'I'm baffled that frontline police aren't being prioritised for vaccine', says Met Police chief Cressida Dick

·News Reporter
·2-min read
LONDON, UNITED KINGDOM - NOVEMBER 11: (EMBARGOED FOR PUBLICATION IN UK NEWSPAPERS UNTIL 24 HOURS AFTER CREATE DATE AND TIME) Commissioner of the Metropolitan Police Service Dame Cressida Dick attends a service to mark the centenary of the burial of the Unknown Warrior at Westminster Abbey on November 11, 2020 in London, England. The service is to commemorate the funeral of an unknown British serviceman, the Unknown Warrior, whose body was brought from Northern France and buried at the west end of the nave in Westminster Abbey on 11th November 1920 to represent all those who lost their lives in the First World War but whose place of death was not known, or whose bodies remained unidentified. (Photo by Max Mumby/Indigo/Getty Images/Pool)
Cressida Dick has said her officers should be prioritised for a COVID vaccine. (Indigo/Getty Images/Pool)

One of the UK’s top officers has said she is “baffled” frontline police haven’t been prioritised for a coronavirus vaccine.

Dame Cressida Dick, the commissioner of the Metropolitan Police, said officers have repeatedly put themselves at risk during the pandemic and are spat on and coughed at on a daily basis.

Police in other countries have been prioritised for delivery of a COVID jab, she told LBC on Tuesday morning, and to “keep other people safe we need to keep the police safe”.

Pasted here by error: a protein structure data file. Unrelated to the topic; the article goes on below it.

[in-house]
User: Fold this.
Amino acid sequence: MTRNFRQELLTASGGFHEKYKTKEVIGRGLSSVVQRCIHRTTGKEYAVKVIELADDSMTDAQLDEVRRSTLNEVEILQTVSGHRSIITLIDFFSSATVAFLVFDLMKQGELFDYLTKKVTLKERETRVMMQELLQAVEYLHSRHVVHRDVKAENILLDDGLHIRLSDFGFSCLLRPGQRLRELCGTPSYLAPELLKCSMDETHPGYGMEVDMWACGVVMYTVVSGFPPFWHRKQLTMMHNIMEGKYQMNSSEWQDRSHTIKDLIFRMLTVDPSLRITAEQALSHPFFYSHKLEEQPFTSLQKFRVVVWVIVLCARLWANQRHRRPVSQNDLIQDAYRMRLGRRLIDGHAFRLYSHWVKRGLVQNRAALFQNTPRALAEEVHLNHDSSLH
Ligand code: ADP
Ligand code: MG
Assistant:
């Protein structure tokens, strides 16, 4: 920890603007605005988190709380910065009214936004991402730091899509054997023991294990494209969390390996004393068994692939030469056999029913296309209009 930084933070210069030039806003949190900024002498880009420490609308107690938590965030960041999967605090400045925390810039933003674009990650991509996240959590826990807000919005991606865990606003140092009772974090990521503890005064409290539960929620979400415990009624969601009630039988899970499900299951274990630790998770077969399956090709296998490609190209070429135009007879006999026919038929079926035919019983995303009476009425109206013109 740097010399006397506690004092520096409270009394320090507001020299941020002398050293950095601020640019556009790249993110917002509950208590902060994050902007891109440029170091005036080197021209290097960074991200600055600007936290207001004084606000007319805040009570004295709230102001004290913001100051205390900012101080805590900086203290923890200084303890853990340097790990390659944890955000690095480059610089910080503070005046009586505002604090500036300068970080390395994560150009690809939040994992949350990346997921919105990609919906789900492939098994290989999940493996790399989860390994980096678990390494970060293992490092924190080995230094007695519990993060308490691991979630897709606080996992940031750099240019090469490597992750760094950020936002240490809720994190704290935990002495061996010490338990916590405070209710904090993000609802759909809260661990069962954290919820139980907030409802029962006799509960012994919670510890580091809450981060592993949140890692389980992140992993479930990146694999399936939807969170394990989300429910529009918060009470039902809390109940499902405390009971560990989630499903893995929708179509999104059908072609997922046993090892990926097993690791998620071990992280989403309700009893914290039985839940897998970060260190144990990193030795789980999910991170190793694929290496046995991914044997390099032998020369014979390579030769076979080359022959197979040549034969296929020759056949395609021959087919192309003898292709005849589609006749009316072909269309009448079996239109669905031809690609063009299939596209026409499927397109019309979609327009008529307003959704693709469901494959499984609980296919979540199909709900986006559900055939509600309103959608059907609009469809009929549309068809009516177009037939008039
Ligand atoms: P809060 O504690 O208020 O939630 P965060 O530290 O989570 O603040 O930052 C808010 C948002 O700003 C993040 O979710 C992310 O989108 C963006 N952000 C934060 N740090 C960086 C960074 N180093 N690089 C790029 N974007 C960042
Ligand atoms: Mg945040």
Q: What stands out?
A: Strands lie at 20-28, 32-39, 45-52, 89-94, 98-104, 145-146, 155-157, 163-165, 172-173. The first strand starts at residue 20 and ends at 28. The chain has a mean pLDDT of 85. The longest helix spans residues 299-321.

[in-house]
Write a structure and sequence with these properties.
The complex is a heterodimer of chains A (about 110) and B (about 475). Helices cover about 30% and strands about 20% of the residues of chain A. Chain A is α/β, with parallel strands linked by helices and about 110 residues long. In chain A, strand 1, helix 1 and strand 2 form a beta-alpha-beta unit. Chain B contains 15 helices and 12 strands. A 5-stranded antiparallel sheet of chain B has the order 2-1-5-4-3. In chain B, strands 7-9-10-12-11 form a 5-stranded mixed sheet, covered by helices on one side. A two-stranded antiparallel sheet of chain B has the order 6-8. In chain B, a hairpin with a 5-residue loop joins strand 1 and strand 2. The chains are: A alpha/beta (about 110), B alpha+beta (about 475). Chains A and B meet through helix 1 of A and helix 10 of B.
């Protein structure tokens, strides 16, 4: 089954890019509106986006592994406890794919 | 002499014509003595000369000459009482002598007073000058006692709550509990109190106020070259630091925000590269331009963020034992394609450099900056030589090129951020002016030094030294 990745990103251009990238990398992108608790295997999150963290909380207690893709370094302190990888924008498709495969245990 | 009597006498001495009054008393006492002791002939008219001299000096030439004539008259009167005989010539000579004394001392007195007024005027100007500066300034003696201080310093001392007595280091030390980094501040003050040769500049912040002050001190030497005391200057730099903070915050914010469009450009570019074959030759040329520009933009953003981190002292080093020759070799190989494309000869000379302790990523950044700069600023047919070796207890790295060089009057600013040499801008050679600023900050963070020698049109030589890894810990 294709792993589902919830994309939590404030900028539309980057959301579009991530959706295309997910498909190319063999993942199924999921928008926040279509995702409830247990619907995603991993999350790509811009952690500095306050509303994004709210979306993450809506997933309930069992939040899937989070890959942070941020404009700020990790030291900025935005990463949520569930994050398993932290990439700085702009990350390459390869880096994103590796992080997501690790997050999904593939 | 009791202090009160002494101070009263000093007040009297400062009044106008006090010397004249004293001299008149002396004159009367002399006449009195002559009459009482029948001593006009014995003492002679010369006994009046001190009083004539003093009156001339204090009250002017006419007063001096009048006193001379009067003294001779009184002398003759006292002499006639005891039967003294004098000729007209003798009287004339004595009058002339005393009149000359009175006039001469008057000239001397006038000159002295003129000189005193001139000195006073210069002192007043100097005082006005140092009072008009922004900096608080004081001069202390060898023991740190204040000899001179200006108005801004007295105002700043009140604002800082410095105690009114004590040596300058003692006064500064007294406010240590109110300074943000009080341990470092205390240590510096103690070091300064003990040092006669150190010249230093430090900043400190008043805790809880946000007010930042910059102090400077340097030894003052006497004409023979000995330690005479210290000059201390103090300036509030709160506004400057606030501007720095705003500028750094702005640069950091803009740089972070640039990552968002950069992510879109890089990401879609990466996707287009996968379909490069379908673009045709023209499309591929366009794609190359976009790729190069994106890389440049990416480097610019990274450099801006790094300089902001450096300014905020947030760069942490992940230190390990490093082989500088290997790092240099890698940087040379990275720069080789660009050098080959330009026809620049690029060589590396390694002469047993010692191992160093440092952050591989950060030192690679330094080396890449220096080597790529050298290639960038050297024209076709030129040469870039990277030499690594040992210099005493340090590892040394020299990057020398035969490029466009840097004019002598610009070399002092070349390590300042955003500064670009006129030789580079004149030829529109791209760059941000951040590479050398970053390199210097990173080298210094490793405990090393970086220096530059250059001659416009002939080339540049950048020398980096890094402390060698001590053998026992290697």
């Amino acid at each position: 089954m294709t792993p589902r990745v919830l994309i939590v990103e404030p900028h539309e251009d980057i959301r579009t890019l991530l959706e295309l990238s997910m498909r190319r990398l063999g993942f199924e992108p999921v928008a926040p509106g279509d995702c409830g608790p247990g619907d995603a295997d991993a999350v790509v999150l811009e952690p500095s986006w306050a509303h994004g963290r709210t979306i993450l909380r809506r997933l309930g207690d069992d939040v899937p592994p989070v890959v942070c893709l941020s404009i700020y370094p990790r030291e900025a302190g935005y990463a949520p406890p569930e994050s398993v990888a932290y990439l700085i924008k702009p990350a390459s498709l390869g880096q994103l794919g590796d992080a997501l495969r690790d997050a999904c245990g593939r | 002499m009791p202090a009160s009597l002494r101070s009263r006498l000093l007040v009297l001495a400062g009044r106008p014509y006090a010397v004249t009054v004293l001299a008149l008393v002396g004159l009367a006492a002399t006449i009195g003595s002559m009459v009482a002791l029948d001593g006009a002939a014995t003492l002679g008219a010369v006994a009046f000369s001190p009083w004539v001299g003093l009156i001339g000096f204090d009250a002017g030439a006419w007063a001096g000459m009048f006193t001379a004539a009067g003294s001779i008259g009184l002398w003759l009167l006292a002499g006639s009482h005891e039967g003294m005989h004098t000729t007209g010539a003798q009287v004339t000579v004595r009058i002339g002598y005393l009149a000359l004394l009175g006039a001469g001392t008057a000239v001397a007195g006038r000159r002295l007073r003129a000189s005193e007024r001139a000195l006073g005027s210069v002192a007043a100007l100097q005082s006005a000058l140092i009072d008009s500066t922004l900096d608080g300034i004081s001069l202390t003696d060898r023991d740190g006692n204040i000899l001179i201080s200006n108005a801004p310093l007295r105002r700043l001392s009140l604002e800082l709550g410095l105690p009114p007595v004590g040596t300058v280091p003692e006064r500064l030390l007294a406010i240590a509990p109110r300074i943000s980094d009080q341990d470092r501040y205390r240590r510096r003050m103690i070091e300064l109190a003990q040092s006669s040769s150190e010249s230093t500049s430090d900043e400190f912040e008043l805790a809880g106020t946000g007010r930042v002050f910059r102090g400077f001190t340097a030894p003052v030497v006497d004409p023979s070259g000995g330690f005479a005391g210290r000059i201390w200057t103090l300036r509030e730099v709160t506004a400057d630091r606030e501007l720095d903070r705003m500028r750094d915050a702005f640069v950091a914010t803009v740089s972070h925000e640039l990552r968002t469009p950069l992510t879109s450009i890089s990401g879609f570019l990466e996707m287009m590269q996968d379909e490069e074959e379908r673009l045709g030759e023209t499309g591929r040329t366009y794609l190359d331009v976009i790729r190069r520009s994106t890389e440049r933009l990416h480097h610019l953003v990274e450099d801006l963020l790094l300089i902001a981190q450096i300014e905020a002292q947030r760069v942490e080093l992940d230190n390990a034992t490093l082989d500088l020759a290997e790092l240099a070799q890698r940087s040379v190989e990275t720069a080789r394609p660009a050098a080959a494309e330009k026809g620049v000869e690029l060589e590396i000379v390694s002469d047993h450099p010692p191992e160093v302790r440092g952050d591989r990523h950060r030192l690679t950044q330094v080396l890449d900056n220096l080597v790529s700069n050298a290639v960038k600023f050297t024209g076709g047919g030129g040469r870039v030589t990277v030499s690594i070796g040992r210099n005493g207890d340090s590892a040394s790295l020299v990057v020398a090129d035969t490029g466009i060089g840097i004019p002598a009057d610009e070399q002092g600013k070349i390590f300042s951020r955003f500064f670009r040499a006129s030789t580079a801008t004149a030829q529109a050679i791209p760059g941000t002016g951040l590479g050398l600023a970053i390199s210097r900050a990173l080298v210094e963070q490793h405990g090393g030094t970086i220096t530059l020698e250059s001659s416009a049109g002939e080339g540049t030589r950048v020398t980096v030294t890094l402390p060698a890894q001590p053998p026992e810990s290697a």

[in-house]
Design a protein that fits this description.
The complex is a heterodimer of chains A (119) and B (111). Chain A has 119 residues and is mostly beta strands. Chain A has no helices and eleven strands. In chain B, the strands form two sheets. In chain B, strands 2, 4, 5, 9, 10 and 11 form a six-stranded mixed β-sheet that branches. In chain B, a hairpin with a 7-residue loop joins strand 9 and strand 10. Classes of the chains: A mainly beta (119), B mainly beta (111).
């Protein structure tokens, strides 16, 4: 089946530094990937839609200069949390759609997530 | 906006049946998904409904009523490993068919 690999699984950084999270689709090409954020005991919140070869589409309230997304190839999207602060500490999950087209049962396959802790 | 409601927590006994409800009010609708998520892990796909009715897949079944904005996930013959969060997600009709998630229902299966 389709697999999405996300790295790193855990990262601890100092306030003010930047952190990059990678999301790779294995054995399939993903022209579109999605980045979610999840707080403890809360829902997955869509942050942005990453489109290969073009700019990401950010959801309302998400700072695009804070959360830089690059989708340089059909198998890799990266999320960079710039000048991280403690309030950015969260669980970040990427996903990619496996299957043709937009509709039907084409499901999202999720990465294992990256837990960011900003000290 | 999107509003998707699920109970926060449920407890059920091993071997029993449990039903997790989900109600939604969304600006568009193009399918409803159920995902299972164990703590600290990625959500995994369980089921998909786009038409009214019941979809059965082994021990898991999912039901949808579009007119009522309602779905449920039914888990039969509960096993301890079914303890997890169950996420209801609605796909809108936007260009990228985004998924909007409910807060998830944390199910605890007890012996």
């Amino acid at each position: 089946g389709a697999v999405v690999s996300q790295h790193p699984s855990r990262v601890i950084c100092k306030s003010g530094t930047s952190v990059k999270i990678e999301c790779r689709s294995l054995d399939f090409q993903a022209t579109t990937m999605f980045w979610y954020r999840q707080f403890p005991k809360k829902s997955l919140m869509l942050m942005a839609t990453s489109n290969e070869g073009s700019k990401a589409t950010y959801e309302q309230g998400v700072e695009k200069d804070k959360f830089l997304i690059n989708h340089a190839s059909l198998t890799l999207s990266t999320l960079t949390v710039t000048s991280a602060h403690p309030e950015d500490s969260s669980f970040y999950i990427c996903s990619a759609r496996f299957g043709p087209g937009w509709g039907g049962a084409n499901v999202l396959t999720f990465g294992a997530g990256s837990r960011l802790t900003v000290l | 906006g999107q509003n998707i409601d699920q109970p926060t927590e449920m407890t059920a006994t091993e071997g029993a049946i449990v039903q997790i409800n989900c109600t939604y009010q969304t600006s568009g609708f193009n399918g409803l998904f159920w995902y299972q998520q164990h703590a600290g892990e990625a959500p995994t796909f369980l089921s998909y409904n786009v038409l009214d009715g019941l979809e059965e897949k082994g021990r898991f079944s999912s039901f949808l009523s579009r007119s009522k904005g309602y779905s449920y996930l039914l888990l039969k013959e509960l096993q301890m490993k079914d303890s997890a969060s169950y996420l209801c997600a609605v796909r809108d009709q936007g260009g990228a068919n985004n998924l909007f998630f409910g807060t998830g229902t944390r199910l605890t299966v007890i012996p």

“They are putting themselves at risk, they have been for the last year, we try to look after them as best we can,” Dick said.

Read more: Countries hoarding COVID vaccines will 'prolong the pandemic', WHO chief warns

She said there have been 97 cases where somebody mentioned or threatened COVID and then coughed at an officer and 48 occasions where someone spat, leading to 126 charges – of which two-thirds have resulted in a custodial sentence.

She said the incidents were “quite widespread” and people cough or spit on officers on a daily basis, even though they don’t claim to be infected with coronavirus.

Three of her colleagues, none of which were police officers, have died after being infected with coronavirus, including a community support officer last week.

The commissioner added that she was “really baffled” why police weren’t being put in the same priority as people in their 60s and 50s.

“This is a decision government have made so far on the basis of something called the JCVI, who are experts, but in many other countries police officers and law enforcement colleagues are being prioritised and I want my officers to get the vaccination,” she said.

Government guidance – made through the Joint Committee on Vaccination and Immunisation (JCVI) – recommends that phase one sees everyone aged over 50, and anyone aged 16 and older with an underlying health condition, be vaccinated.

Dick said she had been given “warmer words” that officers could be jabbed at the beginning of phase two.

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